Curtis Martin will enter the Pro Football Hall of Fame this weekend as one of the six being inducted into the 2012 class. There’s no denying Martin, who never won a Super Bowl, is worthy of the illustrious honor and permanent place in the annals of NFL success.
Martin, who was shut down from injuries after 11 solid NFL seasons, could have entered discussions to be one of the greatest running backs of all time.
Yes, there have been some truly dominant running backs that have played the game. Yes, Curtis Martin never won a Super Bowl.
Now that that’s out of the way, let’s take a look at his accomplishments.
Martin burst onto the scene in 1995 by winning rookie of the year honors. For the next decade he rushed for over 1,000 yards per season. Barry Sanders is the only other rusher to rush for 1,000 yards in each of his first 10 seasons in the NFL.
When all was said and done, he collected 90 rushing and 10 receiving touchdowns over the course of his 11-year career. He amassed over 14,000 yards on the ground and over 3,000 through the air, making him a legitimate dual-threat back.
In 2004, his second-to-last season, he rushed for a career best 1,697 yards and scored on 14 total touchdowns. He wasn’t on a decline, even after his tenth season.
2005 came and Martin was on the brink of setting an NFL rushing record. If he broke the 1,000 yard mark again he would have become the ONLY running back in NFL history to accomplish that feat in the first 11 years of his career. He finished with 735 yards after missing the final three games of the season with a career ending knee injury. Obviously, he could have easily reached the century mark had he been able to finish the season.
Martin, 32 at the time of the injury, retired after spending 2006 on the physically unable to perform (PUP) list. At 31 years old he became the oldest player to win a rushing title. From the looks of things, he could have easily played three more years of productive football had the injury not shut him down.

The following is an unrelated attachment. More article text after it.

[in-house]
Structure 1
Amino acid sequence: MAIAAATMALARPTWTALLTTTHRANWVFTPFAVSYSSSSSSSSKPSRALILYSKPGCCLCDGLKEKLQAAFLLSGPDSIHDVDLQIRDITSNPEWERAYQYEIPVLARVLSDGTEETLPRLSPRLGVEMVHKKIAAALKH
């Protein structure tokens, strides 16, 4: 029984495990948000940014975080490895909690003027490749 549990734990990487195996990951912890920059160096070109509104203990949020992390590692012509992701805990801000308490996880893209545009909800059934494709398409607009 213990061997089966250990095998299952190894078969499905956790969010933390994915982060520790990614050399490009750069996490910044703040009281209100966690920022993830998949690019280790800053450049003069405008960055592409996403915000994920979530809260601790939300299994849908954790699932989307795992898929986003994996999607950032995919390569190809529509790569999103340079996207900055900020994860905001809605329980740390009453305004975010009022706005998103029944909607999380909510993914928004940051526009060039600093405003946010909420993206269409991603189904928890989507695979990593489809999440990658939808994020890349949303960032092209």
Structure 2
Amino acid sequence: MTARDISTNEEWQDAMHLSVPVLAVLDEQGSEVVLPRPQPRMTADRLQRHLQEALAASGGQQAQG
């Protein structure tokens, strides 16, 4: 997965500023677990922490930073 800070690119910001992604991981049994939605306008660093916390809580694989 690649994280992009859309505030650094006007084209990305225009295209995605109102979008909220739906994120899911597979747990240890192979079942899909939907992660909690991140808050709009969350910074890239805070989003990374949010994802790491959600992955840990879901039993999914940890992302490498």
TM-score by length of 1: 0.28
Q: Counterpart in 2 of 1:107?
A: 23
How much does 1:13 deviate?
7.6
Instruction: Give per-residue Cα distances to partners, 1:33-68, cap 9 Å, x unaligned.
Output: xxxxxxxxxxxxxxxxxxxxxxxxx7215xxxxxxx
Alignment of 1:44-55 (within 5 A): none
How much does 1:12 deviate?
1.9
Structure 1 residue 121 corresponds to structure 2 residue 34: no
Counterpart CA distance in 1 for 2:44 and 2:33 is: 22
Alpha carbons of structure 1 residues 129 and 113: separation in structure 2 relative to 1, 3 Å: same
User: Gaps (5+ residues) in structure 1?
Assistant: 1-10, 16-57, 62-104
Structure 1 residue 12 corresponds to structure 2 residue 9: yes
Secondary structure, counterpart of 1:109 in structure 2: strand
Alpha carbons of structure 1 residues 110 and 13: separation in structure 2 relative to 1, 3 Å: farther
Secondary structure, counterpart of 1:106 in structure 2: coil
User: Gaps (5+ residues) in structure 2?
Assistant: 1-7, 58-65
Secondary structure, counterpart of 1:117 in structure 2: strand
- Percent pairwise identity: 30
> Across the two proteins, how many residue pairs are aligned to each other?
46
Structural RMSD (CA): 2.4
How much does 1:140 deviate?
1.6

With Martin’s accolades in mind, take a look at some of the greatest running backs of all time in order to put his performance into context.
Payton collected two NFL MVP awards and won Super Bowl XX with the 1985 Chicago Bears. He amassed 110 touchdowns in 13 seasons in the league. The former Bears back is second all time in rushing yards after being surpassed by Emmitt Smith in 2004.
In 15 seasons, Smith racked up 164 touchdowns while winning three Super Bowls with the Dallas Cowboys in the 1990s. He is all-time leading rusher with 18,355 yards.
In only nine seasons in the NFL, Brown crossed the end zone 106 times for the then dominant Cleveland Browns. His efforts led to Pro Bowl selections in each of his nine seasons and eight First-Team All-Pro picks. He only amassed 12,312 yards due to the length of his career, good enough for ninth all time.
If you define greatness by the amount of Super Bowl victories a player accumulates you might not recognize Martin’s significant accomplishments. However, the running back is fourth all time in rushing yards, trailing only Walter Payton, Emmitt Smith and Barry Sanders. Because of Martin’s marathon career and endurance, Smith’s record of 18,355 yards may have been attainable for Martin had he been able to play as many seasons as Smith did.
He consistently provided his team with a dynamic rushing threat that teams had to game-plan for.
In 1996, his sophomore season in the NFL, Martin had a chance for Super Bowl glory. However, Green Bay had some Hall of Famers of their own on their side. Martin’s 18-yard scamper for a touchdown brought the game within reach until Desmond Howard’s legendary 99-yard kickoff return sealed their fate.
Even without the awards and Super Bowl championships of his peers, he’s still now enshrined forever in the Hall of Fame as one of the best to ever play the game. His fourth-ranked career rushing total looks to be secure for a while as no other active players are even currently in the top 30 of the list. As the NFL continues to employ multiple-back systems and increasing emphasis placed in the passing game, you have to wonder if it will ever be surpassed.
Martin certainly had the potential to be much, much more had some things gone differently.
What do you think? Does Martin deserve to be mentioned in discussions as one of the greatest running backs of all time?
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